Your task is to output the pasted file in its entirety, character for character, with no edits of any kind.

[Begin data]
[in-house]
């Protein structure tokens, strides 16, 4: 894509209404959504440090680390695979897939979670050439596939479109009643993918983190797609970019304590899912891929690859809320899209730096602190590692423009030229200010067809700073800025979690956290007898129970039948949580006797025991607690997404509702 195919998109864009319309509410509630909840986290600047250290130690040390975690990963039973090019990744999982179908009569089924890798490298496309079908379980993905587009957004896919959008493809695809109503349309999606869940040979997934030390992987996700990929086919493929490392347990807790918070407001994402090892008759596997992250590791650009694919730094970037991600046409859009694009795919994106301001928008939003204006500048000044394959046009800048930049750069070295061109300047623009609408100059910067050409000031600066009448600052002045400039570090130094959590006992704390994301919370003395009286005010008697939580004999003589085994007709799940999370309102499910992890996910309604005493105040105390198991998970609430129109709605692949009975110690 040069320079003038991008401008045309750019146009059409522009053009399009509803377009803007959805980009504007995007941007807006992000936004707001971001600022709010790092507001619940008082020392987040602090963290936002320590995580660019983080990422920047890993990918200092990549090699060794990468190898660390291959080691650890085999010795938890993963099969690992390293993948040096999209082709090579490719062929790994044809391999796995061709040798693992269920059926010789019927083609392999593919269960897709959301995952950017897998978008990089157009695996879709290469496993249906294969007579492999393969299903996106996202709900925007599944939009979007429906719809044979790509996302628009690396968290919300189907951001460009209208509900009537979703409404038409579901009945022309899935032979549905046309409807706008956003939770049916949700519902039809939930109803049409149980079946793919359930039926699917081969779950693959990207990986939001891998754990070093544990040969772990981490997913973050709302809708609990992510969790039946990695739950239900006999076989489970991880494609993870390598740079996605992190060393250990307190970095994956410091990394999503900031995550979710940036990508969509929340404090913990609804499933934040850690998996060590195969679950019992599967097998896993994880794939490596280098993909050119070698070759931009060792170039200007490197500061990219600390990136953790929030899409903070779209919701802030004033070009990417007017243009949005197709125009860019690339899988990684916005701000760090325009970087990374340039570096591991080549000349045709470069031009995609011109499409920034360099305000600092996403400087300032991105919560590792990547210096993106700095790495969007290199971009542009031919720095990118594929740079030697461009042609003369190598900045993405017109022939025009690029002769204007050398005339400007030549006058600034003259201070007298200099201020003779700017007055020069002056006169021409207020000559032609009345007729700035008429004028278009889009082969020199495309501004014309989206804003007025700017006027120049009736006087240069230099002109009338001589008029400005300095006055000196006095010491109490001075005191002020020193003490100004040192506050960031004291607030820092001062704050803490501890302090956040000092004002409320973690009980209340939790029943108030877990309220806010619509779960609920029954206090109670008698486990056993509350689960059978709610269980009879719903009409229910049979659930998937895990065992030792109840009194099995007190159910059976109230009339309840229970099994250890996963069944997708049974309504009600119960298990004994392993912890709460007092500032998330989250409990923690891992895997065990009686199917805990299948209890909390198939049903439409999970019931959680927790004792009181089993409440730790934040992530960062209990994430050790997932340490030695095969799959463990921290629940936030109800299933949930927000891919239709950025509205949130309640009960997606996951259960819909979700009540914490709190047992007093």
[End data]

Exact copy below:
[in-house]
């Protein structure tokens, strides 16, 4: 894509209404959504440090680390695979897939979670050439596939479109009643993918983190797609970019304590899912891929690859809320899209730096602190590692423009030229200010067809700073800025979690956290007898129970039948949580006797025991607690997404509702 195919998109864009319309509410509630909840986290600047250290130690040390975690990963039973090019990744999982179908009569089924890798490298496309079908379980993905587009957004896919959008493809695809109503349309999606869940040979997934030390992987996700990929086919493929490392347990807790918070407001994402090892008759596997992250590791650009694919730094970037991600046409859009694009795919994106301001928008939003204006500048000044394959046009800048930049750069070295061109300047623009609408100059910067050409000031600066009448600052002045400039570090130094959590006992704390994301919370003395009286005010008697939580004999003589085994007709799940999370309102499910992890996910309604005493105040105390198991998970609430129109709605692949009975110690 040069320079003038991008401008045309750019146009059409522009053009399009509803377009803007959805980009504007995007941007807006992000936004707001971001600022709010790092507001619940008082020392987040602090963290936002320590995580660019983080990422920047890993990918200092990549090699060794990468190898660390291959080691650890085999010795938890993963099969690992390293993948040096999209082709090579490719062929790994044809391999796995061709040798693992269920059926010789019927083609392999593919269960897709959301995952950017897998978008990089157009695996879709290469496993249906294969007579492999393969299903996106996202709900925007599944939009979007429906719809044979790509996302628009690396968290919300189907951001460009209208509900009537979703409404038409579901009945022309899935032979549905046309409807706008956003939770049916949700519902039809939930109803049409149980079946793919359930039926699917081969779950693959990207990986939001891998754990070093544990040969772990981490997913973050709302809708609990992510969790039946990695739950239900006999076989489970991880494609993870390598740079996605992190060393250990307190970095994956410091990394999503900031995550979710940036990508969509929340404090913990609804499933934040850690998996060590195969679950019992599967097998896993994880794939490596280098993909050119070698070759931009060792170039200007490197500061990219600390990136953790929030899409903070779209919701802030004033070009990417007017243009949005197709125009860019690339899988990684916005701000760090325009970087990374340039570096591991080549000349045709470069031009995609011109499409920034360099305000600092996403400087300032991105919560590792990547210096993106700095790495969007290199971009542009031919720095990118594929740079030697461009042609003369190598900045993405017109022939025009690029002769204007050398005339400007030549006058600034003259201070007298200099201020003779700017007055020069002056006169021409207020000559032609009345007729700035008429004028278009889009082969020199495309501004014309989206804003007025700017006027120049009736006087240069230099002109009338001589008029400005300095006055000196006095010491109490001075005191002020020193003490100004040192506050960031004291607030820092001062704050803490501890302090956040000092004002409320973690009980209340939790029943108030877990309220806010619509779960609920029954206090109670008698486990056993509350689960059978709610269980009879719903009409229910049979659930998937895990065992030792109840009194099995007190159910059976109230009339309840229970099994250890996963069944997708049974309504009600119960298990004994392993912890709460007092500032998330989250409990923690891992895997065990009686199917805990299948209890909390198939049903439409999970019931959680927790004792009181089993409440730790934040992530960062209990994430050790997932340490030695095969799959463990921290629940936030109800299933949930927000891919239709950025509205949130309640009960997606996951259960819909979700009540914490709190047992007093």